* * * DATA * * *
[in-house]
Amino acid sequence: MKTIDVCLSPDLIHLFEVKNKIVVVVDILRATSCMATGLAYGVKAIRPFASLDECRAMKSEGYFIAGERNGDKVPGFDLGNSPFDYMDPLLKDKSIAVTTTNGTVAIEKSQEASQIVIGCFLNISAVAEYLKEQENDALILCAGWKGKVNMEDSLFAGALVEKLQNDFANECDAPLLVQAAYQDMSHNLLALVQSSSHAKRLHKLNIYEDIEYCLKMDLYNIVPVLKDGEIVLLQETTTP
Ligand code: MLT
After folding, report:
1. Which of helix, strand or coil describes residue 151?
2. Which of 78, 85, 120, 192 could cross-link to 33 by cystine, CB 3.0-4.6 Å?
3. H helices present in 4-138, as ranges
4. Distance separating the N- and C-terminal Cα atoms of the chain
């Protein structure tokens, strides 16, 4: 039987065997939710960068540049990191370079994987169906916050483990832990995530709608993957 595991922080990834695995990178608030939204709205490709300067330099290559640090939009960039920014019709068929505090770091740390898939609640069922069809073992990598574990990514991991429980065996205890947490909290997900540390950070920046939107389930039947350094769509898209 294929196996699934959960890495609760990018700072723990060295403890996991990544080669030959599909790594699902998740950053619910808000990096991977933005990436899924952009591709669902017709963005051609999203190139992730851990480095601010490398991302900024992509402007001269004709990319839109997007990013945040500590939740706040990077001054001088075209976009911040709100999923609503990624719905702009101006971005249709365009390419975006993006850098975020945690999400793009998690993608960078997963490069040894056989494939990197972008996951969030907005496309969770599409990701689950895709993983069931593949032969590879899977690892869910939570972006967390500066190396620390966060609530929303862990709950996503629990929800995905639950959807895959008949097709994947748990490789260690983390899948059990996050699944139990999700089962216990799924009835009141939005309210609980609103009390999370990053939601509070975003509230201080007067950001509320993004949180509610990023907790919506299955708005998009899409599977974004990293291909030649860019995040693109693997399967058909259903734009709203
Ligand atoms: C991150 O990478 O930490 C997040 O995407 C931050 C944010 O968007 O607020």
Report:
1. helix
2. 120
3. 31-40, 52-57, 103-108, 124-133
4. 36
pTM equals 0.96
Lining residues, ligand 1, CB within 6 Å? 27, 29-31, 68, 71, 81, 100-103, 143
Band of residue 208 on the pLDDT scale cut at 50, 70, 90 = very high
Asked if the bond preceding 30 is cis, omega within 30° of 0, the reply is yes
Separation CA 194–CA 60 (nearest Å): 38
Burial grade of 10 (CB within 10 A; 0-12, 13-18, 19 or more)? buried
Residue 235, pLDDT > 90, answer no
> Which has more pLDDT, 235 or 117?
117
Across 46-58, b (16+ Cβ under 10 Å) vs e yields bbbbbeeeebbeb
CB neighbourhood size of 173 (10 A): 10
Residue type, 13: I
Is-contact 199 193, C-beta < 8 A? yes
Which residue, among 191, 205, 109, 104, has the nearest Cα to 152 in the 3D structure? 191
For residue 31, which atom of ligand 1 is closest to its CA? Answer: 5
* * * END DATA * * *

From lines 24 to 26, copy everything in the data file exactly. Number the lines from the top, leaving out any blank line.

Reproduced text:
117
Across 46-58, b (16+ Cβ under 10 Å) vs e yields bbbbbeeeebbeb
CB neighbourhood size of 173 (10 A): 10